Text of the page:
The first line is a gerund phrase that is the subject complement (predicate nominative) of the linking verb is. The second line, however, is an example of a present participle phrase that’s describing the speaker’s cat Harlo.
One of the easiest ways to distinguish a gerund phrase from a participle phrase is to see whether the phrase functions as a noun. If it does, it’s a gerund. But if it’s used as a modifier, which can either be an adjective or an adverb, then it’s a participle phrase. You may also like examples of personification for kids.
You can also replace the word or phrase with the word something to determine whether it’s a gerund or a present participle. If the word something works well in the sentence, then the word or phrase can classify as a gerund. You may also check out examples of assonance.
To learn more about how gerund phrases are used in a sentence, try studying the examples below:
Gerunds and gerund phrases are a part of commercial speech, which means you’re likely to find them in many literary works as well. Although we’re quite used to hearing these words and phrases from professors, parents, and potentially everyone around us in their everyday conversations and lectures, it’s exciting to see how famous authors use them in writing stories and plays.
Let’s take a look at some common examples of gerunds used in literature:
“This is the true joy in life, the being used for a purpose recognized by yourself as a mighty one; the being thoroughly worn out before you are thrown on the scrap heap; the being a force of nature instead of a feverish, selfish little clod of ailments and grievances complaining that the world will not devote itself to making you happy.” You may also see negative connotation examples.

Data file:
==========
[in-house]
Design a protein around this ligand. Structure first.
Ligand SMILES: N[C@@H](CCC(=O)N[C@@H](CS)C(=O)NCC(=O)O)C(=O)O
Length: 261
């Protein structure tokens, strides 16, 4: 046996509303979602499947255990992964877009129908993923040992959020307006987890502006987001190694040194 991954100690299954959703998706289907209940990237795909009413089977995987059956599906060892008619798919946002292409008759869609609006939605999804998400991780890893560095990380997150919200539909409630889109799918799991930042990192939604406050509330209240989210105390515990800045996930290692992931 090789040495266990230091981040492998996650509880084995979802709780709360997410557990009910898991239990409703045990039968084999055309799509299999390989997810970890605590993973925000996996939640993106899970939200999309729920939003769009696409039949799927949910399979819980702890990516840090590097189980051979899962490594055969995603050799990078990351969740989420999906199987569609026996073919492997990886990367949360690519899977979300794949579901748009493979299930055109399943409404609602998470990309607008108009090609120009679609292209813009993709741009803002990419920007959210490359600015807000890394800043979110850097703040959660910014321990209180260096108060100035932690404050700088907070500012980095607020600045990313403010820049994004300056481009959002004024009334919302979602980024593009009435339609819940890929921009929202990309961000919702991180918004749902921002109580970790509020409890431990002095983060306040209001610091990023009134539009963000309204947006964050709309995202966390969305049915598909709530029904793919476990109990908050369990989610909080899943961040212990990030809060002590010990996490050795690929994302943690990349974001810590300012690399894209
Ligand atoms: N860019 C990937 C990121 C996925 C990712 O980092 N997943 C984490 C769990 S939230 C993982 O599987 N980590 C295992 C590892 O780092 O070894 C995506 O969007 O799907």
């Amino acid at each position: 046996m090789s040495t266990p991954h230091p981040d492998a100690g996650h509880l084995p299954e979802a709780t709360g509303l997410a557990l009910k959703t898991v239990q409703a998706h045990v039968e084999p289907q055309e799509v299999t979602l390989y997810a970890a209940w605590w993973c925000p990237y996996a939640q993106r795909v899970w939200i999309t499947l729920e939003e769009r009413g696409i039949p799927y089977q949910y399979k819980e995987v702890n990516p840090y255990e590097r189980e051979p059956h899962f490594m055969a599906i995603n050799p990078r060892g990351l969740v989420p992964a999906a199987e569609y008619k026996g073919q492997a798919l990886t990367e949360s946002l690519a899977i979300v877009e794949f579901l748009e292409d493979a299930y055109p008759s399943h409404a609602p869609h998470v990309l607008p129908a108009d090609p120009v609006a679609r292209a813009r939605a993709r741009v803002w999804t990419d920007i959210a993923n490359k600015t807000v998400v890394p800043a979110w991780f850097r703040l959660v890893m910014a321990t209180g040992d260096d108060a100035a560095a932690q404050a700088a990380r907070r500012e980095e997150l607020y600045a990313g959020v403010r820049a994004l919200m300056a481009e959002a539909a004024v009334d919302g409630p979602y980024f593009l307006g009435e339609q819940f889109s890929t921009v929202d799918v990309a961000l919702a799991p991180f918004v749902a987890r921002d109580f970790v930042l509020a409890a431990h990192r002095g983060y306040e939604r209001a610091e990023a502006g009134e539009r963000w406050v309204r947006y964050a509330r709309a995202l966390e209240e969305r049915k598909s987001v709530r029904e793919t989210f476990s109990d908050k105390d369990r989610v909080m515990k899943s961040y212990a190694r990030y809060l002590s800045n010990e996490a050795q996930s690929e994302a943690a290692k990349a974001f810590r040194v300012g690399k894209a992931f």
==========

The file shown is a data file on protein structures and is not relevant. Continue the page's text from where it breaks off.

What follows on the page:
—George Bernard Shaw, Man and Superman
There are three gerunds used in this example, one of which had been used twice to perform the role of a subject.
“So with the lamps all put out, the moon sunk, and a thin rain drumming on the roof a downpouring of immense darkness began…Only through the rusty hinges and swollen sea-moistened woodwork certain airs, detached from the body of the wind (the house was ramshackle after all) crept round corners and ventured indoors. Almost one might imagine them, as they entered the drawing-room questioning and wondering, toying with the flap of hanging wall-paper, asking, would it hang much longer, when would it fall?” You may also like parallel sentences structure and examples.
—Virginia Wolf, To the Lighthouse
The words drumming, downpouring, questioning, wondering, toying, and hanging in this passage are all examples of gerunds.
Gerunds are everywhere. You wouldn’t believe how often we use gerunds in our everyday language, consciously or not. What makes this part of basic speech so interesting is how they could easily deceive an audience who don’t pay attention to how these words were used in the sentence. Spotting gerunds and using them correctly in a sentence will definitely help refine your reading and writing skills in the best way possible.